Written by Riley Connor:
With COVID-19 emphasizing the need to improve the mail-in and electronic ballot system, this issue isn’t new for those with a disability. Voting represents one of our country’s most valuable rights, however, millions of U.S. citizens are left out of the process each year. Although voting centers are required by law to be fully accessible for the disabled, GAO found that 60% of polling places had one or more potential impediments for the disabled during the 2016 general election.
Voting for local and national representatives that align with your beliefs and needs is incredibly important. Elected officials make huge decisions that affect our daily lives, and having someone who can make these decisions with your interests in mind is critical. Elected officials can make and create laws that advocate for those with disabilities, and there are still plenty of laws and reforms to be passed. The ADA isn’t perfect and in order to make lasting changes that protect the rights of those with disabilities, we need to elect representatives that will advocate for these changes.
First thing first, click here to check your voter registration, as some states still don’t provide automatic voter registration. If you do not have the capacity to register on your own, the National Voter Registration Act of 1993 requires all offices providing public assistance or state-funded programs that primarily serve persons with disabilities to provide the opportunity to register to vote by providing voter registration forms, assisting voters in completing the forms, and sending completed forms to the appropriate election official.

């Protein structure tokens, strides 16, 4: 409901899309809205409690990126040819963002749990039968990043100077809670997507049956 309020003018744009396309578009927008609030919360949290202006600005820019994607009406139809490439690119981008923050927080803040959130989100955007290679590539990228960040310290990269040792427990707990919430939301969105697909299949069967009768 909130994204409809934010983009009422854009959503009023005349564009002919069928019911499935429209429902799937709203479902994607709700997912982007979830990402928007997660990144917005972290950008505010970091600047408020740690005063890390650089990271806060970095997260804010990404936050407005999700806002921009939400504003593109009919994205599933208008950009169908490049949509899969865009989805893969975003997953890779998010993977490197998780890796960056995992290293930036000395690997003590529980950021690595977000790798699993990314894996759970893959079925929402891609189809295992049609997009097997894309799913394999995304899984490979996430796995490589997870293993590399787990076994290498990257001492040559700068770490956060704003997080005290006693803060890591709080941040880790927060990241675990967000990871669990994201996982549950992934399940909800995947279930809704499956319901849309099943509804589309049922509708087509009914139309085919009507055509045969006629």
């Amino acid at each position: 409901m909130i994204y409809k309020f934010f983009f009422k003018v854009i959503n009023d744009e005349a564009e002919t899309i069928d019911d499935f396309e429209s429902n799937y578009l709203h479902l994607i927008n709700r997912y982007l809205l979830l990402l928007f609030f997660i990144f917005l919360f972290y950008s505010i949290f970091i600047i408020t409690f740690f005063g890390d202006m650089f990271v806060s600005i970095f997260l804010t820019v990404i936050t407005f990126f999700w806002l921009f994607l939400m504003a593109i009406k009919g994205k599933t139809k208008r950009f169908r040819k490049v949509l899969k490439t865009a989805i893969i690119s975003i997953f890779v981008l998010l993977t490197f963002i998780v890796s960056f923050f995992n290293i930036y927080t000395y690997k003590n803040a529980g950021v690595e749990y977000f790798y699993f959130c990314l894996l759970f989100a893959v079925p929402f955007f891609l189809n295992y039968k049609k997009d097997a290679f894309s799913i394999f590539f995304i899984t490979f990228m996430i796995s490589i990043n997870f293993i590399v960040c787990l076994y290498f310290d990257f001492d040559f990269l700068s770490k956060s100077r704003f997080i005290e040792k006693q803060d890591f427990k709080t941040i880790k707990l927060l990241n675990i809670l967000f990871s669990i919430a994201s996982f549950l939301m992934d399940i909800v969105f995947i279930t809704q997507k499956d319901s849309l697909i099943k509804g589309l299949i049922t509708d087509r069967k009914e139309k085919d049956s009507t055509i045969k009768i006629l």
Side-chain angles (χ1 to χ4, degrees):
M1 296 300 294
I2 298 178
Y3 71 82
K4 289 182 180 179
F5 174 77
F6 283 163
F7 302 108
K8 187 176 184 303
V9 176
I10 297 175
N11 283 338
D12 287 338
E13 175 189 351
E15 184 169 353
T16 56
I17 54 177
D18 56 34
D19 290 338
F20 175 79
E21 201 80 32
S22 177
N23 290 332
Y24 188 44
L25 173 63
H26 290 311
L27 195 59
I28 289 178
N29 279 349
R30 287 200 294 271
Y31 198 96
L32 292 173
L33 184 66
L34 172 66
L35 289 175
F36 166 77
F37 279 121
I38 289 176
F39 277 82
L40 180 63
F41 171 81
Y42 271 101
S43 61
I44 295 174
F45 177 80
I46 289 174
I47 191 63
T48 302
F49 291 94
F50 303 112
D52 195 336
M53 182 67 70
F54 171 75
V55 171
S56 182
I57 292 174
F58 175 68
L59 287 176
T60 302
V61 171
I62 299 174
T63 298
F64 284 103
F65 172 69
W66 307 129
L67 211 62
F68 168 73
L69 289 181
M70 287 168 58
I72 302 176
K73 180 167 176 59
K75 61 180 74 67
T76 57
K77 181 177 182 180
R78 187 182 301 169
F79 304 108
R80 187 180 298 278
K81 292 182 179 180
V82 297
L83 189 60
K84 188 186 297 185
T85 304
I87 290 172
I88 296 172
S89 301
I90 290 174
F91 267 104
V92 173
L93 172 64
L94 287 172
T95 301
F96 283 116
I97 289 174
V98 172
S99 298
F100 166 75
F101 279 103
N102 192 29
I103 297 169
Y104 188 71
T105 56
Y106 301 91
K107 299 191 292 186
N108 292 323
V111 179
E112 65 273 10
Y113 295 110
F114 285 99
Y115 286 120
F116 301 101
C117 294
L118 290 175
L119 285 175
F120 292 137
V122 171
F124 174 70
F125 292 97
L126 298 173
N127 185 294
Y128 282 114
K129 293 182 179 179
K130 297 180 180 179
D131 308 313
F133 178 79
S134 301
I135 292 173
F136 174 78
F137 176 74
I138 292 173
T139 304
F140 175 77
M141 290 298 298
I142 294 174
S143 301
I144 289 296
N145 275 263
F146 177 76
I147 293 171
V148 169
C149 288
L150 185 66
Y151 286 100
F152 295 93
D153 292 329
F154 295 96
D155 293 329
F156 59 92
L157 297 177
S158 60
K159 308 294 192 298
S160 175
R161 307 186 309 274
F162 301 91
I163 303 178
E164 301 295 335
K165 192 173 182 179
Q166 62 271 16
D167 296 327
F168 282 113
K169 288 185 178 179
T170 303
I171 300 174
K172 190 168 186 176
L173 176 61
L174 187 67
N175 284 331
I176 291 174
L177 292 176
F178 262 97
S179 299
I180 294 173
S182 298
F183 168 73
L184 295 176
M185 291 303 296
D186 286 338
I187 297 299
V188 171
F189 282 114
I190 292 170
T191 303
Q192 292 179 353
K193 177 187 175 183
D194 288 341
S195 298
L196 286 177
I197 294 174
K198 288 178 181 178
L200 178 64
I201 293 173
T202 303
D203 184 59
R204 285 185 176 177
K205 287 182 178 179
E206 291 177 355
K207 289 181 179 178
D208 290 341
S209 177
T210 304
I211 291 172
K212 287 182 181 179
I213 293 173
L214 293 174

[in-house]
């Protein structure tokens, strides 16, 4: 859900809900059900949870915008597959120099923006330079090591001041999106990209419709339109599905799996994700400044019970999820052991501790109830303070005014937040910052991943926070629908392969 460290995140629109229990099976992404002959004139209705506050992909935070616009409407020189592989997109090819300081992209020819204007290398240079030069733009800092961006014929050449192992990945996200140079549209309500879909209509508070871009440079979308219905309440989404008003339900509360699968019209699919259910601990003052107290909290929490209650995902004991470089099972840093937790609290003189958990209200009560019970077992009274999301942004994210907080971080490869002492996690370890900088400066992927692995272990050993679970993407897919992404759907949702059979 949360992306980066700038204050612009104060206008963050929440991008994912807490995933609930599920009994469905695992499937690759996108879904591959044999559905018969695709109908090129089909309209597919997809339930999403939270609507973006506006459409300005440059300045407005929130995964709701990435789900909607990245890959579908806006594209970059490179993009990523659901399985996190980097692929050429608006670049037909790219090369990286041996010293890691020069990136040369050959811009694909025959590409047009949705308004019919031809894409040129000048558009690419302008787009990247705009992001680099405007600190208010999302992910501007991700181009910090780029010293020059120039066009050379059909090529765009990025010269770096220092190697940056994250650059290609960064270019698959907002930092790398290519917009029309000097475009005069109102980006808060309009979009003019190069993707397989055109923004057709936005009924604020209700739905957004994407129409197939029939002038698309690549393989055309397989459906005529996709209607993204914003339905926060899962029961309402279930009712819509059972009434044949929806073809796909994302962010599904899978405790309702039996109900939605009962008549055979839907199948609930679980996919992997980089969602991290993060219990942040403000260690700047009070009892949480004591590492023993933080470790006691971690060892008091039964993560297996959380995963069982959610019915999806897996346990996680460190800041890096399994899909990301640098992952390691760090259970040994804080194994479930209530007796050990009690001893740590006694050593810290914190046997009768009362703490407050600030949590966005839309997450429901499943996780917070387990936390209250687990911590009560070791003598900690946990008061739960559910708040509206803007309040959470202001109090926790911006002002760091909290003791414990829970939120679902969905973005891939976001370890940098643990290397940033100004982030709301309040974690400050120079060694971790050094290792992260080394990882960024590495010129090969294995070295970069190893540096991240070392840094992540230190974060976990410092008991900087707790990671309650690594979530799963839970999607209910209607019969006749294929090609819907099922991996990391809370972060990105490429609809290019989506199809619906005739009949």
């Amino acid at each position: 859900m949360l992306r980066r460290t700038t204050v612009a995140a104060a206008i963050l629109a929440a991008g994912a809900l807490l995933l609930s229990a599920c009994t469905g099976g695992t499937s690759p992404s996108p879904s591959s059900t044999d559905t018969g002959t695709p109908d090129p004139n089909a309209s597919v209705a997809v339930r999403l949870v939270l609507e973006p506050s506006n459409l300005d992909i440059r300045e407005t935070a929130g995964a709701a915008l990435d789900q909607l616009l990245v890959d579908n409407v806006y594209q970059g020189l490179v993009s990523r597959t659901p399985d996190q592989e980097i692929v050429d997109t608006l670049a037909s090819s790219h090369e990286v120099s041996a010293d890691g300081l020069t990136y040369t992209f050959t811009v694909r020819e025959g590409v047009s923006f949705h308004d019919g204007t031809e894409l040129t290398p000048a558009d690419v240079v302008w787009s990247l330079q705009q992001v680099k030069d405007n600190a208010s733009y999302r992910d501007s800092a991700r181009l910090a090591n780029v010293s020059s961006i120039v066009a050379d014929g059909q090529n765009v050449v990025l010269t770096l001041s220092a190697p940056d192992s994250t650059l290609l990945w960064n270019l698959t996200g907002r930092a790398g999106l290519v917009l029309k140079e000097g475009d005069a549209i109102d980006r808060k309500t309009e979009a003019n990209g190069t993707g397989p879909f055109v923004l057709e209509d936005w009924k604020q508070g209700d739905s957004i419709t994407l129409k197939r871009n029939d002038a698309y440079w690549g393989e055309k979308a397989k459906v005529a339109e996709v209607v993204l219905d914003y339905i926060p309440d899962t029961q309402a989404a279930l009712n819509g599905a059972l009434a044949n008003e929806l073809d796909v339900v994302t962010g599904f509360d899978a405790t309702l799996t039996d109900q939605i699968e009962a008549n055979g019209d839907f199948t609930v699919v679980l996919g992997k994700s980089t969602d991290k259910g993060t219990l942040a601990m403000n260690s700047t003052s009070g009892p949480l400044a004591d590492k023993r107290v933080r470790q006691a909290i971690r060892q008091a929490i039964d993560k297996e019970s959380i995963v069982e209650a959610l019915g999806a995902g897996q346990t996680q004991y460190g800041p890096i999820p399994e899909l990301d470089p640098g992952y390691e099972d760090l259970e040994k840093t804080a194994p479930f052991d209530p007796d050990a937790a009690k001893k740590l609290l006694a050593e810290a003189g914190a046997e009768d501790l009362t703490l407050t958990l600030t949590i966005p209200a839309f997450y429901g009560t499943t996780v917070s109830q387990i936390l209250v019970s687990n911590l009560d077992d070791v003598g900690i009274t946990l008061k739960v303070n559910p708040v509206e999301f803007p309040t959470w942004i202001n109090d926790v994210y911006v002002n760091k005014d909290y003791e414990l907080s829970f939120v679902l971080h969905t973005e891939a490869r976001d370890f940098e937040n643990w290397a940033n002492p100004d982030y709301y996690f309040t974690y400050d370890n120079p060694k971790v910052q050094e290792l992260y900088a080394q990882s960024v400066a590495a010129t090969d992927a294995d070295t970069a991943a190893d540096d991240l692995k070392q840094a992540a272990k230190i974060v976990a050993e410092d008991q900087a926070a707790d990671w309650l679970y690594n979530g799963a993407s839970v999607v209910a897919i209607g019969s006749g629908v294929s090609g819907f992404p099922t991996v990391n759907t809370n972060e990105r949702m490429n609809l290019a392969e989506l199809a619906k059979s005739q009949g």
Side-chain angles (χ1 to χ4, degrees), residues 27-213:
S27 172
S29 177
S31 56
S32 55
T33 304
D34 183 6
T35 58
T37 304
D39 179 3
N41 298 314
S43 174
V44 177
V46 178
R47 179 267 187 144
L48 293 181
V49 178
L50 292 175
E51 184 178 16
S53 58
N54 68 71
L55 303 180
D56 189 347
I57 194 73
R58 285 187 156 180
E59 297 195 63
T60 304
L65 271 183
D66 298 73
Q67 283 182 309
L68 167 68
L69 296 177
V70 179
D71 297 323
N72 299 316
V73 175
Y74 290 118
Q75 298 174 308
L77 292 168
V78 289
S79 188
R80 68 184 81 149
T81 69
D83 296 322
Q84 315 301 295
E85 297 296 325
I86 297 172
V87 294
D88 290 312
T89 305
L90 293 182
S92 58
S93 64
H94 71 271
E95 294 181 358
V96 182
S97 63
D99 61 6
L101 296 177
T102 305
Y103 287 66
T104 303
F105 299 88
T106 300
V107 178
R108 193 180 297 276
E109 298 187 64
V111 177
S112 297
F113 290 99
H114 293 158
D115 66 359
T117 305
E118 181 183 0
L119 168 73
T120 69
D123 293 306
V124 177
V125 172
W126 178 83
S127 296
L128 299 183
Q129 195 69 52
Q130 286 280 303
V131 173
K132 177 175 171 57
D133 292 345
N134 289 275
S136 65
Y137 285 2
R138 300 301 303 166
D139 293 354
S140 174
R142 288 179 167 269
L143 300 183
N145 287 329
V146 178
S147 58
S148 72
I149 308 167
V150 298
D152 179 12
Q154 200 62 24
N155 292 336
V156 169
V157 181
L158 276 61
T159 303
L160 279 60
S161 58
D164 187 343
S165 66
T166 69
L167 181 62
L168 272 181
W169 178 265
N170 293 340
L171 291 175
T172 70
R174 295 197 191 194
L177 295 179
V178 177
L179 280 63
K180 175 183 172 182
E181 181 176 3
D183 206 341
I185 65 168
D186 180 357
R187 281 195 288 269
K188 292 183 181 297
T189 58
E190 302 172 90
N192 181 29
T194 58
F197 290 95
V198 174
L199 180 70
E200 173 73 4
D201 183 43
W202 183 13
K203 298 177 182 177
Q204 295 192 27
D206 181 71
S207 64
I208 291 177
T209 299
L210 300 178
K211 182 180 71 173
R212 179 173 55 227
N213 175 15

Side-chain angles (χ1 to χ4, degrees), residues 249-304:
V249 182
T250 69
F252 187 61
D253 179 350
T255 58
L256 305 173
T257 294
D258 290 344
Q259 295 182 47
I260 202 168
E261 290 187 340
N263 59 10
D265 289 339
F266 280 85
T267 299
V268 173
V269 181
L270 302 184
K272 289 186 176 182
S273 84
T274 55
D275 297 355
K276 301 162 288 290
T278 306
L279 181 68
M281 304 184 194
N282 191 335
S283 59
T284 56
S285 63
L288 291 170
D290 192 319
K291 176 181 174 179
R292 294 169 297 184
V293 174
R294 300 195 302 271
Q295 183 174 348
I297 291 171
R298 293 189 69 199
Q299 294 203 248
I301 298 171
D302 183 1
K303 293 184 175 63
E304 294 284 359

When registering to vote, you can opt-in for an early mail-in ballot which erases the potential impediments polling places might have for voters with a physical disability. However, independently voting with a visual impairment still proves to be an issue as braille mail-in ballots are not an option everywhere, thus needing secondary assistance to fill out the ballot.
In regard to preparing for who is actually going to be on your ballot, Vote 411 is a great resource to get a general idea of what elections are happening in your specific area of residence and Ballotpedia has some good background information on candidates.
You can also get in contact with your National Disability Rights Network state agency to learn more about your specific state’s regulations for voting with a disability and how you can be prepared before the 2020 primary and general election. Their website can be found here: https://www.ndrn.org/about/ndrn-member-agencies/.